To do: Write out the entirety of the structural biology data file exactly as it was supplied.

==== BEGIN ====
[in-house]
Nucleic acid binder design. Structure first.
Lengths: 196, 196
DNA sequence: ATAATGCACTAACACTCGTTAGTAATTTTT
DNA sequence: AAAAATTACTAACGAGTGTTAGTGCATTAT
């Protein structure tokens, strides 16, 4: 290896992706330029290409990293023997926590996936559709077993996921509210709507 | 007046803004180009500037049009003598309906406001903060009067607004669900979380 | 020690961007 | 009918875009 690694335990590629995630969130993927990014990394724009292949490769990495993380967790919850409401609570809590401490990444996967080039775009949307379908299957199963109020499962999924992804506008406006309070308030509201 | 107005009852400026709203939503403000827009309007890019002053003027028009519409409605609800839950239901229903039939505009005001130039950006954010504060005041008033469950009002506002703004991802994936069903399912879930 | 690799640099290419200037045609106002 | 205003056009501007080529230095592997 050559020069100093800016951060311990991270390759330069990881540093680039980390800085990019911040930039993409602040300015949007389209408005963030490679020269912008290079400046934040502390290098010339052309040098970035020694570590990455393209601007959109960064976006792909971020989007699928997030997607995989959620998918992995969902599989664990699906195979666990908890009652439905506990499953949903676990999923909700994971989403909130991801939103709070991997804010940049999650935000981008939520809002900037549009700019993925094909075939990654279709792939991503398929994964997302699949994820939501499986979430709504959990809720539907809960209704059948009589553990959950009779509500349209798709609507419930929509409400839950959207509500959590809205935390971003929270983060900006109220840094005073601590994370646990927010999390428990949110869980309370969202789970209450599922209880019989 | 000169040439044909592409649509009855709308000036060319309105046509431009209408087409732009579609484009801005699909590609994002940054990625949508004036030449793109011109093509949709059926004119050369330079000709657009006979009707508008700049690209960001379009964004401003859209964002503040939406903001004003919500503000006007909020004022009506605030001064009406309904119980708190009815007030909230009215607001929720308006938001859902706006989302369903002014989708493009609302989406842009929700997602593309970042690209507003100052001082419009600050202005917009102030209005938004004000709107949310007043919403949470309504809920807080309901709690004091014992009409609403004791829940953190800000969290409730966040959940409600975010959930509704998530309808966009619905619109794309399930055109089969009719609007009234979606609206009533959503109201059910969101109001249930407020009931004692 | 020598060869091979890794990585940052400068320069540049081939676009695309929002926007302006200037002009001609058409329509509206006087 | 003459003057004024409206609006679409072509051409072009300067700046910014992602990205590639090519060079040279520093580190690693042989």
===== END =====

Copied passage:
[in-house]
Nucleic acid binder design. Structure first.
Lengths: 196, 196
DNA sequence: ATAATGCACTAACACTCGTTAGTAATTTTT
DNA sequence: AAAAATTACTAACGAGTGTTAGTGCATTAT
């Protein structure tokens, strides 16, 4: 290896992706330029290409990293023997926590996936559709077993996921509210709507 | 007046803004180009500037049009003598309906406001903060009067607004669900979380 | 020690961007 | 009918875009 690694335990590629995630969130993927990014990394724009292949490769990495993380967790919850409401609570809590401490990444996967080039775009949307379908299957199963109020499962999924992804506008406006309070308030509201 | 107005009852400026709203939503403000827009309007890019002053003027028009519409409605609800839950239901229903039939505009005001130039950006954010504060005041008033469950009002506002703004991802994936069903399912879930 | 690799640099290419200037045609106002 | 205003056009501007080529230095592997 050559020069100093800016951060311990991270390759330069990881540093680039980390800085990019911040930039993409602040300015949007389209408005963030490679020269912008290079400046934040502390290098010339052309040098970035020694570590990455393209601007959109960064976006792909971020989007699928997030997607995989959620998918992995969902599989664990699906195979666990908890009652439905506990499953949903676990999923909700994971989403909130991801939103709070991997804010940049999650935000981008939520809002900037549009700019993925094909075939990654279709792939991503398929994964997302699949994820939501499986979430709504959990809720539907809960209704059948009589553990959950009779509500349209798709609507419930929509409400839950959207509500959590809205935390971003929270983060900006109220840094005073601590994370646990927010999390428990949110869980309370969202789970209450599922209880019989 | 000169040439044909592409649509009855709308000036060319309105046509431009209408087409732009579609484009801005699909590609994002940054990625949508004036030449793109011109093509949709059926004119050369330079000709657009006979009707508008700049690209960001379009964004401003859209964002503040939406903001004003919500503000006007909020004022009506605030001064009406309904119980708190009815007030909230009215607001929720308006938001859902706006989302369903002014989708493009609302989406842009929700997602593309970042690209507003100052001082419009600050202005917009102030209005938004004000709107949310007043919403949470309504809920807080309901709690004091014992009409609403004791829940953190800000969290409730966040959940409600975010959930509704998530309808966009619905619109794309399930055109089969009719609007009234979606609206009533959503109201059910969101109001249930407020009931004692 | 020598060869091979890794990585940052400068320069540049081939676009695309929002926007302006200037002009001609058409329509509206006087 | 003459003057004024409206609006679409072509051409072009300067700046910014992602990205590639090519060079040279520093580190690693042989």